Posted by Sam Crocker
Having access to data and large data sets is something any SEO worth his salt craves. Sure, managing a massive dataset or database can be a bit of a hassle, but having good information is key and there are a handful of uses for other people’s/sites’ data sets that are readily available for purchase online. Big budget linkbuilding isn’t the only way to spend your SEO budget these days!
Let’s take a look at five examples of datasets that you can easily and readily purchase and how you might go about using them.
The true motivation for this article was a chat with Tom… and the fact that you can now get Geocities (yes, seriously, the whole thing) in the form of a 1 tb torrent (thanks Hackernews). How much is it going to cost you? Just your email address.
Screenshot of GeoCities–izer version of SEOmoz
What would you do with Geocities, you ask? The sky’s the limit with this one really! I’m not saying you want to use any of the great tickers and beautiful layout/seisure inducing colours for which Geocities is now famous.
However, you may very well want to use the huge volume of content that could quite easily be respun for your own purposes for a start? Or, use the epic designs for mapping out your new site- up to you!
Why pay for keywords? Well, for starters, because sometimes you may find you have a client that has exhausted the entire set of data available through the adwords API (yes, this has seriously happened before). If the site is strong enough and you find you’re still able to rank reasonably for long-tail terms post-MayDay there’s no harm in creating some new content to target the long-tail. This isn’t to suggest that you should buy keyphrases and not do the research yourself, but discussed, more data is almost always better than less.
Out of Words? – Stock Image Provided by Shutterstock
And, most importantly- just because the data isn’t in the API doesn’t mean there isn’t any search volume for it!
Some of the outfits out there selling keywords and keyphrases are:
This sort of thing won’t come cheap, but it can be extremely valuable to the larger sites.
Some of you may be familiar with using 80 legs as a tool to crawl and scrape your way through the interwebs. It’s a tool that I’ve not spent nearly enough time with as I didn’t find it quite as intuitive to use as Mozenda. However, the nice thing about 80 legs is that they have compensated for this a bit by offering packaged-up crawls.
The vast majority of the packages cost 0 per month (with the exception of the ebay motors crawl for 0/month) though the data you could pull off these is extremely valuable and saves you the trouble of doing any of the crawling yourself (or if your IP has been banned you naughty SEOs).
Again, these sets could be used for anything from price-comparison to market analysis and right on down to content creation and keyphrase research. If you’re one of the fortunate few working in the space for which these are offered you should definitely have a look.
So, the Twitter Census dataset is just an example of the variety of datasets you can buy from InfoChimps though the general concept of owning one year’s worth of URLs, hashtags, and smiley usage seems like it could be used a number of ways. Either, you could create an infographic worthy of a link from the likes of Mashable, TechCrunch, etc.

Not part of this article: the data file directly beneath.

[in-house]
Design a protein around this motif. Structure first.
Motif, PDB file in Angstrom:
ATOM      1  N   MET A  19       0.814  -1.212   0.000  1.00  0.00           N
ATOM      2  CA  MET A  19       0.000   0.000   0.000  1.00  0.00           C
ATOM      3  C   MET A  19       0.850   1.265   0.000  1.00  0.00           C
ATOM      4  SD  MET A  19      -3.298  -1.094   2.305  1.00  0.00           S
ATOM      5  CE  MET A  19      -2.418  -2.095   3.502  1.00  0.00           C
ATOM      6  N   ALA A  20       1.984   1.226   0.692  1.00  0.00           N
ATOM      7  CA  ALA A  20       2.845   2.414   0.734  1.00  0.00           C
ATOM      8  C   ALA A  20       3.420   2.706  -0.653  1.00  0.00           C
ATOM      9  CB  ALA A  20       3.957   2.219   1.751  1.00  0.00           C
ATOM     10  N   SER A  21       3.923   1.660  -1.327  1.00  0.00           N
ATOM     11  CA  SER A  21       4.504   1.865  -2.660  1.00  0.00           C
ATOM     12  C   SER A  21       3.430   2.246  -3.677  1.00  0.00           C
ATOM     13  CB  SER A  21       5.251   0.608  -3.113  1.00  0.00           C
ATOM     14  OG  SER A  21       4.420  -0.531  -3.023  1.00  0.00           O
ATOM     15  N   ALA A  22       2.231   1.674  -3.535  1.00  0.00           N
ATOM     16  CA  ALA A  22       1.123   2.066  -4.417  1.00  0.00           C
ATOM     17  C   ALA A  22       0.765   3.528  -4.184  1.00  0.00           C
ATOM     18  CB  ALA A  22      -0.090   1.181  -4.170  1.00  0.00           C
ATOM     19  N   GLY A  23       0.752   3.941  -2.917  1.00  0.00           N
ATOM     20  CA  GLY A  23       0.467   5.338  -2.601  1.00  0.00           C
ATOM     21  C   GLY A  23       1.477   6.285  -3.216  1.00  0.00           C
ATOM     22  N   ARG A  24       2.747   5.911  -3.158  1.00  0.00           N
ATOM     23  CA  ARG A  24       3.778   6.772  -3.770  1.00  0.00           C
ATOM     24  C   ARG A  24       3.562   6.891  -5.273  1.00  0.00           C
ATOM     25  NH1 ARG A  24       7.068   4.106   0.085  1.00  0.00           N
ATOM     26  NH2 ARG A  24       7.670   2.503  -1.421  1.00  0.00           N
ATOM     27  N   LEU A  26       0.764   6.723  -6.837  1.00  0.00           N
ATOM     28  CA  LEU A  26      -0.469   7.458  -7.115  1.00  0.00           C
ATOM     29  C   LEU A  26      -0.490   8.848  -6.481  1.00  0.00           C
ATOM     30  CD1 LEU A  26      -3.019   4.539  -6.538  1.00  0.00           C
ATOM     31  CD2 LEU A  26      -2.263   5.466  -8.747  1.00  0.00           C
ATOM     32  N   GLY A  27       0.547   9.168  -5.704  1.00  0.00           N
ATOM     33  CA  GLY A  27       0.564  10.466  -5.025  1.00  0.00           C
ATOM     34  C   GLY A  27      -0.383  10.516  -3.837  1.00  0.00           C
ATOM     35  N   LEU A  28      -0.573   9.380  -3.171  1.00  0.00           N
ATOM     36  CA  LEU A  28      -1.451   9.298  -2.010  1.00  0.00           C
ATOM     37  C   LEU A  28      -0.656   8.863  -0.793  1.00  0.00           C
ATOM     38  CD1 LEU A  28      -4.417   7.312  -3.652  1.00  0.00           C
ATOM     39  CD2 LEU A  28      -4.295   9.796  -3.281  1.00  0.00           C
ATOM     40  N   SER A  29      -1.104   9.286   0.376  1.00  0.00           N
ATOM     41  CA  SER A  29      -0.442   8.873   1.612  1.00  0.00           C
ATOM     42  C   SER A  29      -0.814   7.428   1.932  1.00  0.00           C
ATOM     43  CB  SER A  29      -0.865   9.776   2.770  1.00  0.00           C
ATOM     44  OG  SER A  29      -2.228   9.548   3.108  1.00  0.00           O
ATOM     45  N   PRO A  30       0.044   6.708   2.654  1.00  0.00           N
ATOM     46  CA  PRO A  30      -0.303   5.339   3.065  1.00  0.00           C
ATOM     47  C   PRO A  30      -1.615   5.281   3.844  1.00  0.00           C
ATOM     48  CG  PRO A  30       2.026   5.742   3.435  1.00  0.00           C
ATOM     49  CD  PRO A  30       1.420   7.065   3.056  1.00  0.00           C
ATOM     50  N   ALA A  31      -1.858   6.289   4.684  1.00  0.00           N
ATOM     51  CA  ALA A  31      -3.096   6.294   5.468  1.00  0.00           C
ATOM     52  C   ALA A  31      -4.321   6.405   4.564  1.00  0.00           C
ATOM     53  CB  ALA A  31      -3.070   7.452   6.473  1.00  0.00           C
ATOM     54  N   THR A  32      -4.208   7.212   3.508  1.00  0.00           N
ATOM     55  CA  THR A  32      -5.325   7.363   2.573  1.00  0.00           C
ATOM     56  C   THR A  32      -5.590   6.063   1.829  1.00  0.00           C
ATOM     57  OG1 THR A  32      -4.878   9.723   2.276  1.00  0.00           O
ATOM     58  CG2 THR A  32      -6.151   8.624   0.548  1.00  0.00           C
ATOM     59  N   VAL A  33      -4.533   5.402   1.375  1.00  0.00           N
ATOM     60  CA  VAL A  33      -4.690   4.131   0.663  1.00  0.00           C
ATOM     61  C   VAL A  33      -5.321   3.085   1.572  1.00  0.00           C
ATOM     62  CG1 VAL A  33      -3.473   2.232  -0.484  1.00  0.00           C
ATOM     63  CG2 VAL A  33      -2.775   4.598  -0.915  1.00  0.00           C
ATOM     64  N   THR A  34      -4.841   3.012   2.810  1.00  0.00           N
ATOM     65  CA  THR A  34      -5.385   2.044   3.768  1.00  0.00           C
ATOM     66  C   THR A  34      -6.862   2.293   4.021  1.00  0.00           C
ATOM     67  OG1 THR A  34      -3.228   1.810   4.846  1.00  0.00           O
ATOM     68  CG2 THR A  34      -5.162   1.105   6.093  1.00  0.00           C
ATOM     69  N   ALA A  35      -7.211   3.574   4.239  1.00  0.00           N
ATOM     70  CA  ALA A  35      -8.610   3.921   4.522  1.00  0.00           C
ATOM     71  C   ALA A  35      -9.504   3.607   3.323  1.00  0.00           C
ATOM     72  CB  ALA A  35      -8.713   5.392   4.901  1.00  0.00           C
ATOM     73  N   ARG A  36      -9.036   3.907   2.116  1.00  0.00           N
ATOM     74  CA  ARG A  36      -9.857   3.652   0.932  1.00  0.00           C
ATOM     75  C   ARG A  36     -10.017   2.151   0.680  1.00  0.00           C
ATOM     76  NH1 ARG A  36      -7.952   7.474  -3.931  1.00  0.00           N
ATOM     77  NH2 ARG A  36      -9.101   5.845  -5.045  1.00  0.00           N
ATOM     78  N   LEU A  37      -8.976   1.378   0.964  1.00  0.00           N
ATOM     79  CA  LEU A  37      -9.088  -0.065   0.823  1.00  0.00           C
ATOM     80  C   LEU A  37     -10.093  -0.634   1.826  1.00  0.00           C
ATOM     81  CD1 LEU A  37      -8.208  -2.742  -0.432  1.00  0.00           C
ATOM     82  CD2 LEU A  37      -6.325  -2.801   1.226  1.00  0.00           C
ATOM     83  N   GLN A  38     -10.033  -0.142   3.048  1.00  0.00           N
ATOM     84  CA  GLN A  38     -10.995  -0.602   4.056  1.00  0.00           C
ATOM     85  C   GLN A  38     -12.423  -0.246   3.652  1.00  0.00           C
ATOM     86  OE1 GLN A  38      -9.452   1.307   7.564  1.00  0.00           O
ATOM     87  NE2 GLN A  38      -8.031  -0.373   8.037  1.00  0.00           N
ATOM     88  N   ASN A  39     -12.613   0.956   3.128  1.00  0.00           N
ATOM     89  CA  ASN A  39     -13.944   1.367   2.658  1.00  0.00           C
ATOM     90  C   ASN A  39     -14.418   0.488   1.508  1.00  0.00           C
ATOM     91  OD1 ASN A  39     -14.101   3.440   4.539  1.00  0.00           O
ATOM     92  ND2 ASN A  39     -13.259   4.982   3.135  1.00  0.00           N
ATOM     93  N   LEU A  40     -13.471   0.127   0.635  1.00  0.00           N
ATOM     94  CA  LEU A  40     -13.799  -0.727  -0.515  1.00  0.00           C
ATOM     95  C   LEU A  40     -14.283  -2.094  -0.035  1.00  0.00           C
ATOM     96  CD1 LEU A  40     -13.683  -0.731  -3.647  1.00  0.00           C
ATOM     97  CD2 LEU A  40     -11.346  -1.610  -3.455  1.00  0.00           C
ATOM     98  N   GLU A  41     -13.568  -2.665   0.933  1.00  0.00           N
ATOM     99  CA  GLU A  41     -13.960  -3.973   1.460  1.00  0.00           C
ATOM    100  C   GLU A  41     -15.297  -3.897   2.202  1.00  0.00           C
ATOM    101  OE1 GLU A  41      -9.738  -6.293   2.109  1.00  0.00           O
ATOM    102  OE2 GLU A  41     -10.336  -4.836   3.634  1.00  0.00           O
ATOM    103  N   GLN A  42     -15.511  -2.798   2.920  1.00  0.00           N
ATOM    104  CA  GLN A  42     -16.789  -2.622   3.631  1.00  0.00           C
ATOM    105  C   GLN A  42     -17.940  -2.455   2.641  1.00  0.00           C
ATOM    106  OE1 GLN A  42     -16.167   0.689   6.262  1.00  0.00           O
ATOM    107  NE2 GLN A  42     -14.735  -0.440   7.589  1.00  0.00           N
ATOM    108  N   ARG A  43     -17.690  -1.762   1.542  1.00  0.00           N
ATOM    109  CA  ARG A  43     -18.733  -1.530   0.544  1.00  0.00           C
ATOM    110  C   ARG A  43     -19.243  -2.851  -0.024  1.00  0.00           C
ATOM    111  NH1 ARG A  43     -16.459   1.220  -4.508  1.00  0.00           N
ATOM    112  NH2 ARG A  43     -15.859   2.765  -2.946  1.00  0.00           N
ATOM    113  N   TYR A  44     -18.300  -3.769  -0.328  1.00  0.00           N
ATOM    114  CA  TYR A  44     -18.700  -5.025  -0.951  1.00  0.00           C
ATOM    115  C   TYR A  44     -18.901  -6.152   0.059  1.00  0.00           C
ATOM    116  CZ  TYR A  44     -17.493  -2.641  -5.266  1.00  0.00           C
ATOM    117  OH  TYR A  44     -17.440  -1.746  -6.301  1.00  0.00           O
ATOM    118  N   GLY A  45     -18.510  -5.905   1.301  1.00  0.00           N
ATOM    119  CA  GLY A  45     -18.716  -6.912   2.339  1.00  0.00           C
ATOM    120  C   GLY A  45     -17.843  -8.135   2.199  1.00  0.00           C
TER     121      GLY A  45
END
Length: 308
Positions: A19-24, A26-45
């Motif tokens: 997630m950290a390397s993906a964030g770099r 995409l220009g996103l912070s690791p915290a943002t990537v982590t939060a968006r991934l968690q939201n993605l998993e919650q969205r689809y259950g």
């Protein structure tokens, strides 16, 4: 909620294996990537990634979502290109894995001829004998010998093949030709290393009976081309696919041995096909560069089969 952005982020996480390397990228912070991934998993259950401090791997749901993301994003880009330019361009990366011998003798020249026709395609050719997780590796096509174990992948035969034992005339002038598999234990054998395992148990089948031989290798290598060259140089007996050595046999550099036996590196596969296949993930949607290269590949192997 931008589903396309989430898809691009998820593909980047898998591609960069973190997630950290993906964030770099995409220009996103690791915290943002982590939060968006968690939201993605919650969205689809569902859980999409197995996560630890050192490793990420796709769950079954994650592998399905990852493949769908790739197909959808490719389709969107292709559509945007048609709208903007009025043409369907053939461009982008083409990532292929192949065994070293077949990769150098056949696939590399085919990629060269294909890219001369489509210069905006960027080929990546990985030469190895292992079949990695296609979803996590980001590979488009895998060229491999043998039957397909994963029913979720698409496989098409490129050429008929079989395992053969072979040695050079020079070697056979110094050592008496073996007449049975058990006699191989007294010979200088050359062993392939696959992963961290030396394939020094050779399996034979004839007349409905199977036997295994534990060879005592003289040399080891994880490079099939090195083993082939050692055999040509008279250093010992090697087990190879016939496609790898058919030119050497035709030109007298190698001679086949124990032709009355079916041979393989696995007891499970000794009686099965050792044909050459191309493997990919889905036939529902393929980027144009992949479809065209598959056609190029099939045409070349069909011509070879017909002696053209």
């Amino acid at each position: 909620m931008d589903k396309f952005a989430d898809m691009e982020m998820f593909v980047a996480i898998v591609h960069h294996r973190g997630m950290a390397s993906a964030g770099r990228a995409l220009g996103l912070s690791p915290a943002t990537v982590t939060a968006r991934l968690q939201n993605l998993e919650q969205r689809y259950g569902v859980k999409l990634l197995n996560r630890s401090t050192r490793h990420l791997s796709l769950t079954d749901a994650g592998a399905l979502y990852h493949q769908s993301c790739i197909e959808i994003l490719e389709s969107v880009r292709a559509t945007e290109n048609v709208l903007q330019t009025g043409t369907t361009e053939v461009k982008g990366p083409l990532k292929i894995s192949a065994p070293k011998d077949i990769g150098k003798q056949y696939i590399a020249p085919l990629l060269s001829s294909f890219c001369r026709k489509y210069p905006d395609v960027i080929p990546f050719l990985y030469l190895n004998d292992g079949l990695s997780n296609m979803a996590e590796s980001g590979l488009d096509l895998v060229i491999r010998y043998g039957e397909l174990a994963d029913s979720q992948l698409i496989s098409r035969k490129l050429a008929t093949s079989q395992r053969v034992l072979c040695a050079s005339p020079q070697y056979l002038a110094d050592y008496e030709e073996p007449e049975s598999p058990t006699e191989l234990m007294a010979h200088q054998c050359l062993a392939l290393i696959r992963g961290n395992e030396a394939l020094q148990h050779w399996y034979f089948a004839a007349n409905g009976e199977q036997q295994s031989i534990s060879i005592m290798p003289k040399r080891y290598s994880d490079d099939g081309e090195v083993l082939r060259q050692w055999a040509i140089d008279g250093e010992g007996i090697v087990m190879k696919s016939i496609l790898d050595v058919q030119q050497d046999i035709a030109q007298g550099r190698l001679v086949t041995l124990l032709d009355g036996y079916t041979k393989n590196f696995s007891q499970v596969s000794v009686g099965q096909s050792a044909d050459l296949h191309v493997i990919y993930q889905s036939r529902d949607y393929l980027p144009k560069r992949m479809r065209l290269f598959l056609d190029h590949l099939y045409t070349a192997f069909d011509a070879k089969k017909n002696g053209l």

Or, you could use the data to monitor keyphrase usage, common abbreviations, or any other sort of trend in social interaction (could be a great source of keyphrases as well as the search engines begin to take signals and include social directly in the SERPs. This set is currently placed at 0.
Rand was being a bit coy about this one and at time of press I wasn’t able to get a serious price out of them but there’s a price for everything right? Any serious bidders should probably get in touch with the SEOmoz team directly…
Along these lines, there are a number of other datasets that do not have a price set but I’m sure you could get your hands on with enough money and asking the right people. These would include: Backtype API data, Wordtracker, or Amazon’s entire product catalogue. It all comes down to asking the right people, but ultimately anyone with a brain for business and a load of data would sell you their info if you know how to ask for it.
Don’t you just love it when you can get your hands on some awesome free stuff that you never knew you wanted in the first place? Well, thankfully, there are a few datasets that I came across that I thought were worth sharing and could give you some value for free.
Free Stuff! Stock Image from Shutterstock
Feel free to take a gander at these datasets and try to make use of the data! Can you say "infographic ammunition"?
The entire dataset from the New York Stock Exchange from 1970-current (Open, Close, High, Low, Volume).
Massive sets of US Census Data.
And for those of us based over in the UK – huge volumes of UK Government data right at your fingertips.
Other Huge Datasets to get stuck into:Project Gutenberg for over 6,000 full books available online. These book lists at the very least could be of
One thing that you may have noticed is a byproduct of providing large datasets to people is that they tend to be solid gold for linkbait. We could focus an entire post around this but if you’ve got access to great data and you’re not offering it out to your users/curious SEOs what are you thinking?! Publish the data, make it free to download, and require a link back for attribution for anyone who wants to use it- simples!